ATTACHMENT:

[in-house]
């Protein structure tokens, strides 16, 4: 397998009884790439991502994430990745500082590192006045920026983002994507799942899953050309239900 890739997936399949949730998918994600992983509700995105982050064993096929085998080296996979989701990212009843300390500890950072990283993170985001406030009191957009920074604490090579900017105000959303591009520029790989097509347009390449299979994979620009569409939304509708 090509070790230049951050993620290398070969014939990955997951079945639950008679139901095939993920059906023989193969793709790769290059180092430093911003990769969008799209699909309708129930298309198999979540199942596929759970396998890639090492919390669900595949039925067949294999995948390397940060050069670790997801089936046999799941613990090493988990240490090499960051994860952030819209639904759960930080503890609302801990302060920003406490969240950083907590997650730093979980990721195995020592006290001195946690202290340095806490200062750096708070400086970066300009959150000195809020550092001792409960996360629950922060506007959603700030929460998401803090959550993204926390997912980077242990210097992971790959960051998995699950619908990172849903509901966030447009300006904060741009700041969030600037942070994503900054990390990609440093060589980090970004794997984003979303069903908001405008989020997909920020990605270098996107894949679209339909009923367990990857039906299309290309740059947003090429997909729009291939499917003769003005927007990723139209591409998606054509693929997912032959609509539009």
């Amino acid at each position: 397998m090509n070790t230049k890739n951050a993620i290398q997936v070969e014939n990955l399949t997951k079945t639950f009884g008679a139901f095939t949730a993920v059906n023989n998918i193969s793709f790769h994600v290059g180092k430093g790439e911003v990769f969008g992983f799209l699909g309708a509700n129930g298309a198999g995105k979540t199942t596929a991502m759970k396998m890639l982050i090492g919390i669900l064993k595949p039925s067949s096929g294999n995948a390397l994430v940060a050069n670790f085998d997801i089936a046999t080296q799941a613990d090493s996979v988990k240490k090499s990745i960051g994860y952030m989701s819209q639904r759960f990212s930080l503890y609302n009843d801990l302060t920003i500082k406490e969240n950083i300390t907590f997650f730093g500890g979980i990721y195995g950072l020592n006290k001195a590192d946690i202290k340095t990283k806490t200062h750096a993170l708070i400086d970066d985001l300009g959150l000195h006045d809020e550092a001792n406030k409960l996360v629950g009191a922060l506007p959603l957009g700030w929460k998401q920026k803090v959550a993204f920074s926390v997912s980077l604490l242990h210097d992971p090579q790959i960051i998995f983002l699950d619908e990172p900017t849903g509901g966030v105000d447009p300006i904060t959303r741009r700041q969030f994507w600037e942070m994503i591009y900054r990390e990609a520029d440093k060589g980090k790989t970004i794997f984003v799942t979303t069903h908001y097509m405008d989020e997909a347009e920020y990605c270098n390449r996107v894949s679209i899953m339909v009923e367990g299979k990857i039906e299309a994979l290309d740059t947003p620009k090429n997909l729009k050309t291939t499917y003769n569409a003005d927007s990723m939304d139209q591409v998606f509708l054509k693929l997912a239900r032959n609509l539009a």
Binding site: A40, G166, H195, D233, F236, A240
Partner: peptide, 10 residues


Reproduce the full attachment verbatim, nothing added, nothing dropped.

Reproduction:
[in-house]
């Protein structure tokens, strides 16, 4: 397998009884790439991502994430990745500082590192006045920026983002994507799942899953050309239900 890739997936399949949730998918994600992983509700995105982050064993096929085998080296996979989701990212009843300390500890950072990283993170985001406030009191957009920074604490090579900017105000959303591009520029790989097509347009390449299979994979620009569409939304509708 090509070790230049951050993620290398070969014939990955997951079945639950008679139901095939993920059906023989193969793709790769290059180092430093911003990769969008799209699909309708129930298309198999979540199942596929759970396998890639090492919390669900595949039925067949294999995948390397940060050069670790997801089936046999799941613990090493988990240490090499960051994860952030819209639904759960930080503890609302801990302060920003406490969240950083907590997650730093979980990721195995020592006290001195946690202290340095806490200062750096708070400086970066300009959150000195809020550092001792409960996360629950922060506007959603700030929460998401803090959550993204926390997912980077242990210097992971790959960051998995699950619908990172849903509901966030447009300006904060741009700041969030600037942070994503900054990390990609440093060589980090970004794997984003979303069903908001405008989020997909920020990605270098996107894949679209339909009923367990990857039906299309290309740059947003090429997909729009291939499917003769003005927007990723139209591409998606054509693929997912032959609509539009």
């Amino acid at each position: 397998m090509n070790t230049k890739n951050a993620i290398q997936v070969e014939n990955l399949t997951k079945t639950f009884g008679a139901f095939t949730a993920v059906n023989n998918i193969s793709f790769h994600v290059g180092k430093g790439e911003v990769f969008g992983f799209l699909g309708a509700n129930g298309a198999g995105k979540t199942t596929a991502m759970k396998m890639l982050i090492g919390i669900l064993k595949p039925s067949s096929g294999n995948a390397l994430v940060a050069n670790f085998d997801i089936a046999t080296q799941a613990d090493s996979v988990k240490k090499s990745i960051g994860y952030m989701s819209q639904r759960f990212s930080l503890y609302n009843d801990l302060t920003i500082k406490e969240n950083i300390t907590f997650f730093g500890g979980i990721y195995g950072l020592n006290k001195a590192d946690i202290k340095t990283k806490t200062h750096a993170l708070i400086d970066d985001l300009g959150l000195h006045d809020e550092a001792n406030k409960l996360v629950g009191a922060l506007p959603l957009g700030w929460k998401q920026k803090v959550a993204f920074s926390v997912s980077l604490l242990h210097d992971p090579q790959i960051i998995f983002l699950d619908e990172p900017t849903g509901g966030v105000d447009p300006i904060t959303r741009r700041q969030f994507w600037e942070m994503i591009y900054r990390e990609a520029d440093k060589g980090k790989t970004i794997f984003v799942t979303t069903h908001y097509m405008d989020e997909a347009e920020y990605c270098n390449r996107v894949s679209i899953m339909v009923e367990g299979k990857i039906e299309a994979l290309d740059t947003p620009k090429n997909l729009k050309t291939t499917y003769n569409a003005d927007s990723m939304d139209q591409v998606f509708l054509k693929l997912a239900r032959n609509l539009a």
Binding site: A40, G166, H195, D233, F236, A240
Partner: peptide, 10 residues